If applications use OpenGL ES in a different way to remove this redundancy, then the GPU could render the applications faster, or use the performance headroom created to reduce the clock rate and operating voltage. This saves a substantial amount of energy.

In this guide, we will describe how you can achieve this.

Test Scene

In our example, we will render a simple test scene consisting of a cover-flow style arrangement of the shield icon. However, this technique works for any sprite set with opaque regions.

The following image shows what our test scene render looks like:

Mali Shield Scene

You can see that each shield icon is a square sprite that uses alpha transparencies to hide the pieces that are not visible.

Exploiting Depth Testing

In traditional dedicated 2D rendering hardware, the application has to render the sprite layers from back-to-front, to ensure that blending functions correctly.

In our example, the application is using a 3D API to render a 2D scene. What additional tools does the 3D API offer to reduce redundancy? The main tool used in removing redundant work from a 3D scene render is called the depth test.

Every vertex in a triangle has a Z component in its position, which is output from the vertex shader. This Z value encodes how close that vertex is to the camera. The rasterization process interpolates the vertex values, and assigns a depth to each fragment that needs fragment shading.

This fragment depth value can then be tested against the existing value stored in the depth buffer. If it is not closer to the camera than the data already in the framebuffer, then the GPU discards the fragment without ever submitting it to the shader core for processing. This is because the GPU now knows that the fragment is not needed.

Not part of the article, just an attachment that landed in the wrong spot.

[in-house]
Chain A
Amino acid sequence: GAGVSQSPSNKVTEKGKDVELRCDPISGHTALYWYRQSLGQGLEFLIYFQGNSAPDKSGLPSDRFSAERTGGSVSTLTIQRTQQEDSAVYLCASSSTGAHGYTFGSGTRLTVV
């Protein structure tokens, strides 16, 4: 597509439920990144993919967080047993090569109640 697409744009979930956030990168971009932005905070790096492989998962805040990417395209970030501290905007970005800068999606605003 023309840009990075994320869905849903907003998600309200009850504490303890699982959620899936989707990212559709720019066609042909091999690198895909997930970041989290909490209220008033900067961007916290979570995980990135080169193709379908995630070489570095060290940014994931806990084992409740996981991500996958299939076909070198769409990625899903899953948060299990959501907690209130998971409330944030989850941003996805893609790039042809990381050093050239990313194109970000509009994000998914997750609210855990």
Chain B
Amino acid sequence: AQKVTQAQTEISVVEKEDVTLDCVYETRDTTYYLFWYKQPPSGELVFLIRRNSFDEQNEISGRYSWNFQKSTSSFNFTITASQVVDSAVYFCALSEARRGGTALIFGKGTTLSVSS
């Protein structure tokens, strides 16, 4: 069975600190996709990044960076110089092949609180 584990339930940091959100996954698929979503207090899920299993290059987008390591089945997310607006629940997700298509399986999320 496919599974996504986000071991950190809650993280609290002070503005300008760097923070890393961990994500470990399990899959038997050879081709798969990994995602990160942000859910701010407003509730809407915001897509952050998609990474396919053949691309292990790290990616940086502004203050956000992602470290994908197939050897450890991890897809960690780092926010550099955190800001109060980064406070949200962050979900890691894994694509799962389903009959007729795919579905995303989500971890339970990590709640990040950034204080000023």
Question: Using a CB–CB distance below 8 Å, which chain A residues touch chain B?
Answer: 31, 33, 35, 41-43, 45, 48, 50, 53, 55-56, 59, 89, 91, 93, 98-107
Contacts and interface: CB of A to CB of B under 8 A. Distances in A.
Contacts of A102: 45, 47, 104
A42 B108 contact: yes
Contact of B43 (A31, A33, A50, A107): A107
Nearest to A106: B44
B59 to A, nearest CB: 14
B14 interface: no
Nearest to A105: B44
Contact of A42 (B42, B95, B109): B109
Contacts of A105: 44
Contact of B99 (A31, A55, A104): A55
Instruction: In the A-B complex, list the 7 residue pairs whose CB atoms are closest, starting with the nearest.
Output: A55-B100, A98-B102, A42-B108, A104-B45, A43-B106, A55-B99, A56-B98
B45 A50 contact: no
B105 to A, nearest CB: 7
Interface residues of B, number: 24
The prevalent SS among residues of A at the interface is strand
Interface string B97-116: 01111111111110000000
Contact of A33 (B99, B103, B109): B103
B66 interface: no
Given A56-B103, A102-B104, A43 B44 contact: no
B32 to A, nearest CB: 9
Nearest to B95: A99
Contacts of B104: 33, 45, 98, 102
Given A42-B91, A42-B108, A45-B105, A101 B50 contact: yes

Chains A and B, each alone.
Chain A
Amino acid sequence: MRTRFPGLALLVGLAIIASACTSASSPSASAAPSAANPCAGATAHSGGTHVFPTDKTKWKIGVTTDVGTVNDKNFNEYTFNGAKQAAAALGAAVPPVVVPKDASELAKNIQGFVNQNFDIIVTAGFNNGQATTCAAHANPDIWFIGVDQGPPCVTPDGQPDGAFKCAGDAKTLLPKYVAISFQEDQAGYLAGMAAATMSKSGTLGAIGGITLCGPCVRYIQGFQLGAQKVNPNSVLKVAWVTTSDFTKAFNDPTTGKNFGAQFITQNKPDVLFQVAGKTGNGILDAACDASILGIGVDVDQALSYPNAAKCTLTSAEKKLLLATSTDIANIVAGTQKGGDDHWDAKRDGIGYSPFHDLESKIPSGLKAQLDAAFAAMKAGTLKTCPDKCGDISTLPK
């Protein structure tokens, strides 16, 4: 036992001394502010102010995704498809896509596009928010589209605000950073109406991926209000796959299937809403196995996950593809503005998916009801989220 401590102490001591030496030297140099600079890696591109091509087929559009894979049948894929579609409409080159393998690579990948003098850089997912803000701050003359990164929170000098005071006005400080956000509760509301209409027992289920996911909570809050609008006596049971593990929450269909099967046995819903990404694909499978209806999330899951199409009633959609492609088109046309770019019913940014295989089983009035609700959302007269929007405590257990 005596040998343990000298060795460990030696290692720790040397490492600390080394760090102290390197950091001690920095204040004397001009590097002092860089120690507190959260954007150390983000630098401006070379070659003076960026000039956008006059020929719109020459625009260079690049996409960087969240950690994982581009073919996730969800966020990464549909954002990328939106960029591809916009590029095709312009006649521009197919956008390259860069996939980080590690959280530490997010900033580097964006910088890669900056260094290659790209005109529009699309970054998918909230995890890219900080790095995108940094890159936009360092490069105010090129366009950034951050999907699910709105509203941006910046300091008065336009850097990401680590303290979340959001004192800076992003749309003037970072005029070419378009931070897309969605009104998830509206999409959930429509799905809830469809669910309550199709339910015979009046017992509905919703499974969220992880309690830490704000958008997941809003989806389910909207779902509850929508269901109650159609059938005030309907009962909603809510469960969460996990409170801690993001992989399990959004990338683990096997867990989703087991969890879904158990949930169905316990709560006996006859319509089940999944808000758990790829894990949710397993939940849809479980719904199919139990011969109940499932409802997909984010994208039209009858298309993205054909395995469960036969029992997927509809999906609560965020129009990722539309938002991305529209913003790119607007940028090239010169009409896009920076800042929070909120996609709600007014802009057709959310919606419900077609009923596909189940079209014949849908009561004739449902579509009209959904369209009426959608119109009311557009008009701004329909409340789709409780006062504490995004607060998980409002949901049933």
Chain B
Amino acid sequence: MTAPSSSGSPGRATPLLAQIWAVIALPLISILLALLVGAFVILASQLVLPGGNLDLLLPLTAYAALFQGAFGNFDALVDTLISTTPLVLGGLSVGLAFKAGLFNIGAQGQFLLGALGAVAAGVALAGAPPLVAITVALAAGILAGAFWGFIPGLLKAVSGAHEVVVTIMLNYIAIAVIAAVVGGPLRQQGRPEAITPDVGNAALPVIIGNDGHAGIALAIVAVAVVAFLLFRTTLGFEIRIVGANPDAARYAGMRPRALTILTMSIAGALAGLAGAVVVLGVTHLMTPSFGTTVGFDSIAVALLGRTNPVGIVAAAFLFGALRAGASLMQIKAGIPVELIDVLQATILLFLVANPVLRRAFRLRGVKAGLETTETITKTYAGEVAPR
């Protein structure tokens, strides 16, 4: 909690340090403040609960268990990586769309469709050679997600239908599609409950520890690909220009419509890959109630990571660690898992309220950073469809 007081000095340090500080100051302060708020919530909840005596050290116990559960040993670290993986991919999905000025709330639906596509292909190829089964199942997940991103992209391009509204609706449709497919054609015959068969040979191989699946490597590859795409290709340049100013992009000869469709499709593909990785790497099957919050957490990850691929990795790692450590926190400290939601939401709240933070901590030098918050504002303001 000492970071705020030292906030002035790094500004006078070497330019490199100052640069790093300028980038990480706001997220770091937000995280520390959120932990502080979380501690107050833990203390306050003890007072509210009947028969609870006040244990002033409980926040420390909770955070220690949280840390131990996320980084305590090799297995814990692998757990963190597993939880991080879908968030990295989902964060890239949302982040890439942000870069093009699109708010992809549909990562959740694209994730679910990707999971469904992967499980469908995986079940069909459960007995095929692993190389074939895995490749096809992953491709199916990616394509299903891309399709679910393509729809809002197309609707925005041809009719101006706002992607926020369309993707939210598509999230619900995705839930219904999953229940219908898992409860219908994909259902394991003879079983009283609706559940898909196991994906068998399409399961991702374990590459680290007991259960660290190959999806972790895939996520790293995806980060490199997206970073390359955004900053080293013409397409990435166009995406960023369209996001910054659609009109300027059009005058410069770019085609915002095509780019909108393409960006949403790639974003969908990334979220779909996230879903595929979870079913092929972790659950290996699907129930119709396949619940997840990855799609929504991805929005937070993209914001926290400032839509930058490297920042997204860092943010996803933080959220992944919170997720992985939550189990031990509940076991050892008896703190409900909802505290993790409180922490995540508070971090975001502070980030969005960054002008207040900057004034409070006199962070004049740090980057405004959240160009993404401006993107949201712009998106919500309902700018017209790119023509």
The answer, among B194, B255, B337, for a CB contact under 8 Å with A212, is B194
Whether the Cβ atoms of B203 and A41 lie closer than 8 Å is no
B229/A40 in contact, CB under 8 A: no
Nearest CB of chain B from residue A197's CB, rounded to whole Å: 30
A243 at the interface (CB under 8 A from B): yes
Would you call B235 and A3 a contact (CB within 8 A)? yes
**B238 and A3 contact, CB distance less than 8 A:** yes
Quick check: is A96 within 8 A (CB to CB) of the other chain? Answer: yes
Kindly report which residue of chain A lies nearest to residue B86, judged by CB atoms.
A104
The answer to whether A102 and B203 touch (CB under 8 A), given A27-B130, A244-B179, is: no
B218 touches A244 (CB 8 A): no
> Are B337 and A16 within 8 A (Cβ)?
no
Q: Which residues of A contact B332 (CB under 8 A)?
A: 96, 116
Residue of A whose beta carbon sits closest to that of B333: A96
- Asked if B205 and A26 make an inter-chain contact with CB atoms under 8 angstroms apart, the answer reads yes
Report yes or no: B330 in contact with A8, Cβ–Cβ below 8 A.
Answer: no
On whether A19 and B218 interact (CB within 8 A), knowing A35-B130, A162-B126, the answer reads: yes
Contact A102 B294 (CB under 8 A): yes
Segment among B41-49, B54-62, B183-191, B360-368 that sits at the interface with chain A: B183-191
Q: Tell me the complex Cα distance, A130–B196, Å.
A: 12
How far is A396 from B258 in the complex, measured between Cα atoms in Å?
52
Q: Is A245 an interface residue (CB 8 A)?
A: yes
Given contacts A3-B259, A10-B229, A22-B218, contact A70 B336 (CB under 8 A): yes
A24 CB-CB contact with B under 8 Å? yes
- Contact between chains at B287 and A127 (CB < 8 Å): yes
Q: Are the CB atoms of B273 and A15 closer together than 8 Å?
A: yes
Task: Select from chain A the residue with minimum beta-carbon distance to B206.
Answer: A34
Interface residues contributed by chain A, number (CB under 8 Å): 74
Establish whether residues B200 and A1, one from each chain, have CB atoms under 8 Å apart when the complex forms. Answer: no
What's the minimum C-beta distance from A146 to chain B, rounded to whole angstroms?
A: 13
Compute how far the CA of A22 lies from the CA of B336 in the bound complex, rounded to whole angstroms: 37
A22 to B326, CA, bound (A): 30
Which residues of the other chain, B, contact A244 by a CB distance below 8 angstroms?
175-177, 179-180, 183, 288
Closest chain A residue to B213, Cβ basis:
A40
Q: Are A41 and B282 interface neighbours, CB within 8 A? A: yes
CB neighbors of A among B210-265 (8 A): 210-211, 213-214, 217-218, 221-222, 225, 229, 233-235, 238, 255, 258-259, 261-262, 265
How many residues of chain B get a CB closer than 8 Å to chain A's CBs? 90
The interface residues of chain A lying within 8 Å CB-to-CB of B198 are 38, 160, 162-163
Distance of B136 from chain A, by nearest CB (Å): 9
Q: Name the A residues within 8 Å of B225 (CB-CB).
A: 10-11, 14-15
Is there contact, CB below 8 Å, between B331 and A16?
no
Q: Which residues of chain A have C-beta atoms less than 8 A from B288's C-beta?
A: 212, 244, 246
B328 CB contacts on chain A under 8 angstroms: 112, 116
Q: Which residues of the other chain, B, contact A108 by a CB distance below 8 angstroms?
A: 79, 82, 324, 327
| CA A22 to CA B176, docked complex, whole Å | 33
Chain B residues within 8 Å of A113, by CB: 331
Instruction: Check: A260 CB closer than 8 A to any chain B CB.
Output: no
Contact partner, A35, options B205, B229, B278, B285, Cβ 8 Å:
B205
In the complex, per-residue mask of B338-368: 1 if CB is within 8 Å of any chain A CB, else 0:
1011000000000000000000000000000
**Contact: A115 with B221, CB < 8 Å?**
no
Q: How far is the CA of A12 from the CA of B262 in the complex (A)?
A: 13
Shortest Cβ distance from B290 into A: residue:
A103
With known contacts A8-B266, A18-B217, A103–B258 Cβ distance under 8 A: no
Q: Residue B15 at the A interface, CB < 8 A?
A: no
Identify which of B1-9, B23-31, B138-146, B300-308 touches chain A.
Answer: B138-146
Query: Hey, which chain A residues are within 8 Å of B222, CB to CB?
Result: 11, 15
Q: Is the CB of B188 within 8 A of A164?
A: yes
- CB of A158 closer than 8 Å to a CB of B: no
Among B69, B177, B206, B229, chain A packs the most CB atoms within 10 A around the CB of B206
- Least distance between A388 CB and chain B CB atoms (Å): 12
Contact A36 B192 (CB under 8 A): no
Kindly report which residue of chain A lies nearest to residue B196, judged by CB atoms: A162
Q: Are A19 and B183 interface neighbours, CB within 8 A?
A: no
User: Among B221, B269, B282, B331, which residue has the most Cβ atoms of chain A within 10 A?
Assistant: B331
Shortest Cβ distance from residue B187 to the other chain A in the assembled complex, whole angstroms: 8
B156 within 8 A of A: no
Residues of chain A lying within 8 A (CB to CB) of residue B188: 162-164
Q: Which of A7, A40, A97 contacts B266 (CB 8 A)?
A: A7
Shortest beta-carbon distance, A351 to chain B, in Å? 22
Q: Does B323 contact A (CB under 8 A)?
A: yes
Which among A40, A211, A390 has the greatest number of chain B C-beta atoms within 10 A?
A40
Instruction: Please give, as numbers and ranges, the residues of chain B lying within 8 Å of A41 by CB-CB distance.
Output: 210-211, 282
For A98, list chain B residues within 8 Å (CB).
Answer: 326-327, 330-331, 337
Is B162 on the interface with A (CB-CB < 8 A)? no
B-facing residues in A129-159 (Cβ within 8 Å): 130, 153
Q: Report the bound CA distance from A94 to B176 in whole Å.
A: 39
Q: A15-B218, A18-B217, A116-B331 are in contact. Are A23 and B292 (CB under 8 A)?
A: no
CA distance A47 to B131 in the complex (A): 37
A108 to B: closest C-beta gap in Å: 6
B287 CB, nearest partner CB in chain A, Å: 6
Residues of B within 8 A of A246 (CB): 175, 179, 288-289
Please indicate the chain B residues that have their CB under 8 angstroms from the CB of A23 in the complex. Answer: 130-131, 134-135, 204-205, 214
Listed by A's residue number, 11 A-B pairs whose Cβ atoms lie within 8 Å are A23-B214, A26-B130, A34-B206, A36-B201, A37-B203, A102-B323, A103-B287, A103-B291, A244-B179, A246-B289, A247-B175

Sprite rendering engines already track the layering of each sprite, so that they stack correctly for alpha blending. We can now map this layer number to the Z coordinate value assigned to the vertices of each GPU-assigned sprite, and render our scene as if it has 3D depth.

We then use a framebuffer with a depth attachment, enable depth writes, and finally render the sprites and background image in a front-to-back order. The depth test removes the parts of the sprites and the parts of the background which are hidden behind other sprites.

Now, if we run this for our simple test scene, we get the following image:

Mali Shield Scene 2

You can see that the square sprite geometry does not exactly match the shape of the opaque pixels. The transparent parts of the sprites, that are closest to the camera, are not producing any color values because of the alpha test. However, the transparent parts of the sprites are still setting a depth value.

When the sprites on a lower layer are rendered, the depth testing means that the pieces that should be visible underneath the transparent parts of an earlier sprite are being incorrectly removed. As a result, only the OpenGL ES clear color is showing.